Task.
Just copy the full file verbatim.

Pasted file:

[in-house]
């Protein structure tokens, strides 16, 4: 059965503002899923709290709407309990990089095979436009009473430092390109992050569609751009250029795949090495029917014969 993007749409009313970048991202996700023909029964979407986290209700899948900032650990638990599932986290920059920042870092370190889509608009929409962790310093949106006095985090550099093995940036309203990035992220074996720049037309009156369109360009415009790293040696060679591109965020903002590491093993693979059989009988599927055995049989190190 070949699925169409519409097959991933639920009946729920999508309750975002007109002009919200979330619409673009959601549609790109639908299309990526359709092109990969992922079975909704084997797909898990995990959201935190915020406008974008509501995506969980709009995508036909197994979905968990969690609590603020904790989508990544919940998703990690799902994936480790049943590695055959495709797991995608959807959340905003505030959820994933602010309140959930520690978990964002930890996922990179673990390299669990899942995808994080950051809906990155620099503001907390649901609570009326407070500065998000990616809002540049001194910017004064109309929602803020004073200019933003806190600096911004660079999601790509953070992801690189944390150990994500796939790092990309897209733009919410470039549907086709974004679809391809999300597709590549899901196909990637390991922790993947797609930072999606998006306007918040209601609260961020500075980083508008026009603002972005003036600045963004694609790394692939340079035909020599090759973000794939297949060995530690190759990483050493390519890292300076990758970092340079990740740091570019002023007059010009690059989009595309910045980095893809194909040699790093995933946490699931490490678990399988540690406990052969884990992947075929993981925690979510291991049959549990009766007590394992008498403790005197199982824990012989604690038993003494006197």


[in-house]
């Protein structure tokens, strides 16, 4: 059965503002899923709290709407309990990089095979436009009473430092390109992050569609751009250029795949090495029917014969 993007749409009313970048991202996700023909029964979407986290209700899948900032650990638990599932986290920059920042870092370190889509608009929409962790310093949106006095985090550099093995940036309203990035992220074996720049037309009156369109360009415009790293040696060679591109965020903002590491093993693979059989009988599927055995049989190190 070949699925169409519409097959991933639920009946729920999508309750975002007109002009919200979330619409673009959601549609790109639908299309990526359709092109990969992922079975909704084997797909898990995990959201935190915020406008974008509501995506969980709009995508036909197994979905968990969690609590603020904790989508990544919940998703990690799902994936480790049943590695055959495709797991995608959807959340905003505030959820994933602010309140959930520690978990964002930890996922990179673990390299669990899942995808994080950051809906990155620099503001907390649901609570009326407070500065998000990616809002540049001194910017004064109309929602803020004073200019933003806190600096911004660079999601790509953070992801690189944390150990994500796939790092990309897209733009919410470039549907086709974004679809391809999300597709590549899901196909990637390991922790993947797609930072999606998006306007918040209601609260961020500075980083508008026009603002972005003036600045963004694609790394692939340079035909020599090759973000794939297949060995530690190759990483050493390519890292300076990758970092340079990740740091570019002023007059010009690059989009595309910045980095893809194909040699790093995933946490699931490490678990399988540690406990052969884990992947075929993981925690979510291991049959549990009766007590394992008498403790005197199982824990012989604690038993003494006197």